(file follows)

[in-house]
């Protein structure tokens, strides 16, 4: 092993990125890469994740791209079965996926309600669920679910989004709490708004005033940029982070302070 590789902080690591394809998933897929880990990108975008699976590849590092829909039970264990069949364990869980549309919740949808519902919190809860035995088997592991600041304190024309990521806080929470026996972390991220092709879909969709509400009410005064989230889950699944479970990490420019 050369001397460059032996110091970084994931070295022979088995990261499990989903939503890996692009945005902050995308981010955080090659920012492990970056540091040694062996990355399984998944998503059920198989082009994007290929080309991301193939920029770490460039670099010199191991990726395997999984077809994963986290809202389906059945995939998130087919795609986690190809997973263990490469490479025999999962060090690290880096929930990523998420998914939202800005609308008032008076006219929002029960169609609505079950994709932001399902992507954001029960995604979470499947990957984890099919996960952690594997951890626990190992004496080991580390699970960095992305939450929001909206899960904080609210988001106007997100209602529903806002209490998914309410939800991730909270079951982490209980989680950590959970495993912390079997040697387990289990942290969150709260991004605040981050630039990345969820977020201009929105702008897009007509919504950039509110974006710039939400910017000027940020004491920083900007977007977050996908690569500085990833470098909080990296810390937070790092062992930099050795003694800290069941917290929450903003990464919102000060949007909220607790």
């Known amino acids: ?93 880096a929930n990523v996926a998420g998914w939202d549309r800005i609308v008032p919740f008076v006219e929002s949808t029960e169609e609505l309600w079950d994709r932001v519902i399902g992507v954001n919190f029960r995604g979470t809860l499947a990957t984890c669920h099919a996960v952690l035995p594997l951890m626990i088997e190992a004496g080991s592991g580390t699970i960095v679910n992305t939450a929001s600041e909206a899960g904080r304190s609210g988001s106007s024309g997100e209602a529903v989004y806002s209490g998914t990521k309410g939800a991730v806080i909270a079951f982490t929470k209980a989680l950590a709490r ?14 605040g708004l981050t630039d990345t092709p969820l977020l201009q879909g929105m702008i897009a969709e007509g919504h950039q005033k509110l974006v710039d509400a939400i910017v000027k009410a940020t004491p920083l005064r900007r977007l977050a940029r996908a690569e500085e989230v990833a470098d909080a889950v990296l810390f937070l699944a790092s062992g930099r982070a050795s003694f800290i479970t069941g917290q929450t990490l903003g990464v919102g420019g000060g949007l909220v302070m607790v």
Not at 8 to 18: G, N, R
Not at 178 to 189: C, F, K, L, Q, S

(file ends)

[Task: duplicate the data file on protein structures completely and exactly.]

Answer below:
[in-house]
């Protein structure tokens, strides 16, 4: 092993990125890469994740791209079965996926309600669920679910989004709490708004005033940029982070302070 590789902080690591394809998933897929880990990108975008699976590849590092829909039970264990069949364990869980549309919740949808519902919190809860035995088997592991600041304190024309990521806080929470026996972390991220092709879909969709509400009410005064989230889950699944479970990490420019 050369001397460059032996110091970084994931070295022979088995990261499990989903939503890996692009945005902050995308981010955080090659920012492990970056540091040694062996990355399984998944998503059920198989082009994007290929080309991301193939920029770490460039670099010199191991990726395997999984077809994963986290809202389906059945995939998130087919795609986690190809997973263990490469490479025999999962060090690290880096929930990523998420998914939202800005609308008032008076006219929002029960169609609505079950994709932001399902992507954001029960995604979470499947990957984890099919996960952690594997951890626990190992004496080991580390699970960095992305939450929001909206899960904080609210988001106007997100209602529903806002209490998914309410939800991730909270079951982490209980989680950590959970495993912390079997040697387990289990942290969150709260991004605040981050630039990345969820977020201009929105702008897009007509919504950039509110974006710039939400910017000027940020004491920083900007977007977050996908690569500085990833470098909080990296810390937070790092062992930099050795003694800290069941917290929450903003990464919102000060949007909220607790």
């Known amino acids: ?93 880096a929930n990523v996926a998420g998914w939202d549309r800005i609308v008032p919740f008076v006219e929002s949808t029960e169609e609505l309600w079950d994709r932001v519902i399902g992507v954001n919190f029960r995604g979470t809860l499947a990957t984890c669920h099919a996960v952690l035995p594997l951890m626990i088997e190992a004496g080991s592991g580390t699970i960095v679910n992305t939450a929001s600041e909206a899960g904080r304190s609210g988001s106007s024309g997100e209602a529903v989004y806002s209490g998914t990521k309410g939800a991730v806080i909270a079951f982490t929470k209980a989680l950590a709490r ?14 605040g708004l981050t630039d990345t092709p969820l977020l201009q879909g929105m702008i897009a969709e007509g919504h950039q005033k509110l974006v710039d509400a939400i910017v000027k009410a940020t004491p920083l005064r900007r977007l977050a940029r996908a690569e500085e989230v990833a470098d909080a889950v990296l810390f937070l699944a790092s062992g930099r982070a050795s003694f800290i479970t069941g917290q929450t990490l903003g990464v919102g420019g000060g949007l909220v302070m607790v």
Not at 8 to 18: G, N, R
Not at 178 to 189: C, F, K, L, Q, S